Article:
For Example


Late Tuesday afternoon, one of our online customers–he’s Scott–posted a transaction using our new web application. Things were running slowly, and the app timed out. The website reported the failure to Scott, and suggested he try again later. He hit the [Back] button and submitted the same transaction again. Same result; he tried again. And again. And again, until he succeeded. Nearly two hours after his first attempt, the transaction got through.

Scott’s been using the app for several weeks, and we’d had some prior contact. Because his usage pattern is unusual, he finds different stress points than most users. One of his questions ended up in the online FAQ, and others have generated discussions with the programmers. Fortunately for us, he thinks like a beta tester, so he’s comfortable helping us solve his problems; this is particularly important because we anticipate other users adopting his usage patterns as they grow comfortable with the system. When Margie checked her voicemail on Wednesday morning, one of the messages was from Scott.


Meantime, I was trying to find ways to identify instances of the problem I discussed a few days ago. We keep a variety of logs and databases which are going help diagnose this bug, but none were designed for identifying instances where the bug occurred. So I was printing stuff out, staring, marking things up, putting things aside. One of the reports–a quick & dirty thing I’d written so Margie could see who was using the application–turned out to be useful: Scott’s repeated transaction (31 instances!) was pretty easy to see. I opened some of Scott’s files and verified that I’d found my example case. Then I:

  • Called Subhash, the web programmer, and suggested he take a look at Scott’s transaction string.
  • Had a short chat with Margie, and learned she’d heard from Scott. Hadn’t yet returned the call, so I took that one off her hands.
  • Wrote a short note to my bosses describing the example case, with a preliminary map of the implications and a promise to follow up.
  • Called customer Scott, and described the problem I was chasing. We chatted for several minutes about what he’d seen, and about what I knew.
  • Answered the phone: Subhash was calling back. We shared facts and opinions. He has a proposal; it needs to be fleshed out and likely won’t entirely solve the problem.
  • Called Scott back to clarify some of the previous discussion, and to follow up on one of Subhash’s questions.

By day’s end, I was exhausted; I took Joan to Carrabba’s….


On Thursday morning I wrote memos:

  1. A quick summary of the implications of the problem, with some suggestions about how we needed to address them in the short term. The main point was that we need to treat this as several problems–there’s a design flaw, there are network issues which aggravate the design flaw, and we’re suddenly generating errors which need fixing (including refunds).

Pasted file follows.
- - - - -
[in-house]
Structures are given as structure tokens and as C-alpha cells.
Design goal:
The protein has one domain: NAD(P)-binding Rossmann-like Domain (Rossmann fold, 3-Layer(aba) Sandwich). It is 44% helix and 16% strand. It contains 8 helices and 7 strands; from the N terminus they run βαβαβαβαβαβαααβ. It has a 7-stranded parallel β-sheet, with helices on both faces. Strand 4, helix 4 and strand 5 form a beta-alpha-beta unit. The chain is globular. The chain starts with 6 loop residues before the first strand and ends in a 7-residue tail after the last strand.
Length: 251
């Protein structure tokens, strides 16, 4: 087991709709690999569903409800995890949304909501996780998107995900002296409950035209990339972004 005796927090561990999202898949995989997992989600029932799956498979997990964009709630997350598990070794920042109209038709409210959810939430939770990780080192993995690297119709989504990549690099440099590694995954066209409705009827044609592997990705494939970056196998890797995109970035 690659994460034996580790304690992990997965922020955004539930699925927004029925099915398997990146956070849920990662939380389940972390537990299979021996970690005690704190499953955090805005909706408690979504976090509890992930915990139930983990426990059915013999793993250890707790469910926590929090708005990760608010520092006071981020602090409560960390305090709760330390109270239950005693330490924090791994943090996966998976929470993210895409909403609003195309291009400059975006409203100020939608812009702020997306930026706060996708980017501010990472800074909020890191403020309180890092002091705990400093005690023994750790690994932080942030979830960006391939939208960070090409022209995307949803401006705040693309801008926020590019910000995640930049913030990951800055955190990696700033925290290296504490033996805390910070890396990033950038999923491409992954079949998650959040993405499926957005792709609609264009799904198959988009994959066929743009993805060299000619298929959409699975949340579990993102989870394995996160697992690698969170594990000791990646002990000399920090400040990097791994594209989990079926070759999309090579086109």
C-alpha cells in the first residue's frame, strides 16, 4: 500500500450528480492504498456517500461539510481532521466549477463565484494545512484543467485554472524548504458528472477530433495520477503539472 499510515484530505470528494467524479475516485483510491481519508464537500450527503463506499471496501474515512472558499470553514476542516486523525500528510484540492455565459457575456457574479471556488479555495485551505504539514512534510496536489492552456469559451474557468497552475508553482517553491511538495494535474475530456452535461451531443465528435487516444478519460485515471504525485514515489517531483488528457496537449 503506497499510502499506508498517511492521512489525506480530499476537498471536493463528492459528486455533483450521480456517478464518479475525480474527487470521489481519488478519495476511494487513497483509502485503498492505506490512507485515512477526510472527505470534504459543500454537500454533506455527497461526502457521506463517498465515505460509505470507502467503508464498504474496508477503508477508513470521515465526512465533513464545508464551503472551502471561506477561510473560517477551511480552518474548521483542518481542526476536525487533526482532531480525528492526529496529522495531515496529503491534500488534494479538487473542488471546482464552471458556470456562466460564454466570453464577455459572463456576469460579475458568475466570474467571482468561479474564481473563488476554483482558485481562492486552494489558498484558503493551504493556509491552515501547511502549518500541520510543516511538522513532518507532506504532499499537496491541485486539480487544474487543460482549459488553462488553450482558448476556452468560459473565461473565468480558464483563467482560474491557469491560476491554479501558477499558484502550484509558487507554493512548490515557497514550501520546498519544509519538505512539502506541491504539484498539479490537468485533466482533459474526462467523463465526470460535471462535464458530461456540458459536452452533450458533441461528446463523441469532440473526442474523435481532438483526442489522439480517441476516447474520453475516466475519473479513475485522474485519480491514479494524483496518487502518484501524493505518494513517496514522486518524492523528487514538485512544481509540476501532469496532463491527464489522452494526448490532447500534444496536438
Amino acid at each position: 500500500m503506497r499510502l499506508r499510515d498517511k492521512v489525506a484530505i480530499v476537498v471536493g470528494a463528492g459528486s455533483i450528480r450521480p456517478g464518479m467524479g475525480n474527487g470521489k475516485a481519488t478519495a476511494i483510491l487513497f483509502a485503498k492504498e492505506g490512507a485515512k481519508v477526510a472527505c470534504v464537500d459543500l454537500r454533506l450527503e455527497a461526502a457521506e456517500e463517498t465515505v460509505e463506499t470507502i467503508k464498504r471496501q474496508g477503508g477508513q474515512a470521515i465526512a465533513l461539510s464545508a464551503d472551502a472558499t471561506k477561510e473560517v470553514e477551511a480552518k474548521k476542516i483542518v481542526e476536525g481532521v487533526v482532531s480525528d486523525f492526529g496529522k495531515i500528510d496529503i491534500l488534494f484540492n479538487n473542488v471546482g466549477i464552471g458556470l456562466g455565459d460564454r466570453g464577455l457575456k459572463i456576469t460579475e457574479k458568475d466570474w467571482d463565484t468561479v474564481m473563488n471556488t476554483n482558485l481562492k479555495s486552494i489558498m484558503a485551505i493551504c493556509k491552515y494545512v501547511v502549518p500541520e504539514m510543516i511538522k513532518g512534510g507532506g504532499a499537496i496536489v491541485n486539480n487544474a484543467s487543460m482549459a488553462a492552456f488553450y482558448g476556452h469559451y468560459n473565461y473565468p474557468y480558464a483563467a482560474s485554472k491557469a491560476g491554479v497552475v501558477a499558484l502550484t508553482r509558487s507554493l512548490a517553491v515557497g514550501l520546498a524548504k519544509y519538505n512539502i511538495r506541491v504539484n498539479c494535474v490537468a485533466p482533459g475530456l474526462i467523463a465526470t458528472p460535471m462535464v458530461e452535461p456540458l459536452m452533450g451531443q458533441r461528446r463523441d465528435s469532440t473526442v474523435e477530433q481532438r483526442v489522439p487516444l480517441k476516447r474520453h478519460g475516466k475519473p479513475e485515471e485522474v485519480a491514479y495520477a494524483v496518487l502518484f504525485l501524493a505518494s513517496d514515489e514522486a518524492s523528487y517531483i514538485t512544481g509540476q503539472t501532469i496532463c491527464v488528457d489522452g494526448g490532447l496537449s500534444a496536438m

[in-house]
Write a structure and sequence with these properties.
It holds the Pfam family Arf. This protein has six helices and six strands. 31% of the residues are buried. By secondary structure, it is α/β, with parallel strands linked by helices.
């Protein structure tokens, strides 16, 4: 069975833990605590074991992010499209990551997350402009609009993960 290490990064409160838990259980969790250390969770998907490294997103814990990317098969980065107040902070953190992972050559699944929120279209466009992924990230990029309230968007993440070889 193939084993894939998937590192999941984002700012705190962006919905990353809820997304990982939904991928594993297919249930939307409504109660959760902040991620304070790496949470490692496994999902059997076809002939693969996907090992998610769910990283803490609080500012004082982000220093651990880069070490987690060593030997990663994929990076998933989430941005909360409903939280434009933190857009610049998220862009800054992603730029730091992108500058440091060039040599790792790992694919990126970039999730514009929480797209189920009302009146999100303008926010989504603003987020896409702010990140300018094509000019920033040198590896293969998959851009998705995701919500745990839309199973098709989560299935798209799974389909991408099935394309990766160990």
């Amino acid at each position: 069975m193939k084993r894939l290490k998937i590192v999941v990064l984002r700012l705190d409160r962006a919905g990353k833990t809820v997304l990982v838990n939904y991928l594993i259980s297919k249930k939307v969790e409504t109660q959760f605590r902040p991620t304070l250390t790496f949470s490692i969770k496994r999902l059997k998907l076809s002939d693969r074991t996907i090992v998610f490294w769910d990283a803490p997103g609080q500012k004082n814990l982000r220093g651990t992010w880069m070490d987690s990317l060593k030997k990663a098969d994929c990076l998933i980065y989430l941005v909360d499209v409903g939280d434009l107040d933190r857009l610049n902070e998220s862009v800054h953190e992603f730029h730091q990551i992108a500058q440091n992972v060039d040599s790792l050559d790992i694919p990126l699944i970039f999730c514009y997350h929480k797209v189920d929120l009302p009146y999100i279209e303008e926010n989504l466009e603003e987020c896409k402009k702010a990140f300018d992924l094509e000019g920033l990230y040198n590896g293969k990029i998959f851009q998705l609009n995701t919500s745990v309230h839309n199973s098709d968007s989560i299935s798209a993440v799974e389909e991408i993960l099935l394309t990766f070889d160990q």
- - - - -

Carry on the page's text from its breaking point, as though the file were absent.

2. An overview–very high level–of the technical issues. The intended audience for this memo was Caroline, the unit supervisor, who prefers to ignore notes she considers difficult. She really needs a sense of the problem, so I wrote this summary mainly for her.
  3. A somewhat more technical note aimed at the middle managers, including a summary of Subhash’s solution proposal. I included a short critique of the proposal.
  4. Finally, I added a note describing some potential application enhancements I’d identified by looking at Scott’s work. A better design could save him about half his keystrokes; seems worth doing. Somehow we’d not imagined Scott in our planning process.

Spent the afternoon looking for less obvious instances of the problem. It’s a two-step process: First I made a list of transactions which looked like duplicates (same customer, same transaction type, short time frame), then I verified my work by comparing PDF files prepared for delivery. Looking only at May transactions, I put about 30 pairs (actually, sets) on the original list. The second step reduced my list to 17 instances, all of which need refunds or other account adjustments.


One last memo, on Friday morning, sketched the outstanding issues relating to the mere fact that we’d overcharged a number of customers, proposing some steps for processing the refunds (about $5,500 at this point, much of it due to Scott’s employer), and asking that a clerk be assigned to help me work out the details and pick up what will apparently be a daily burden until we solve the program problem. They volunteered to lend me Sarah–certainly a fine choice.

I spent yesterday afternoon modifying Margie’s “quick & dirty” report to better suit this problem. At the same time, of course, I implemented some improvements for Margie’s purposes.


Sarah and I will cobble together a refund plan. We’ll need to get appropriate approvals, which will drag Finance into the discussion. I’m really looking forward to that.

We (my boss, me, Margie) will begin the process of building a solution to the transaction problem. Details need to be settled, but the following teams will need to be involved:

  • Finance, and finance’s programming team.
  • Our network people.
  • The web coding team.
  • The “back end” app vendor’s coding team.

Doesn’t look pretty.

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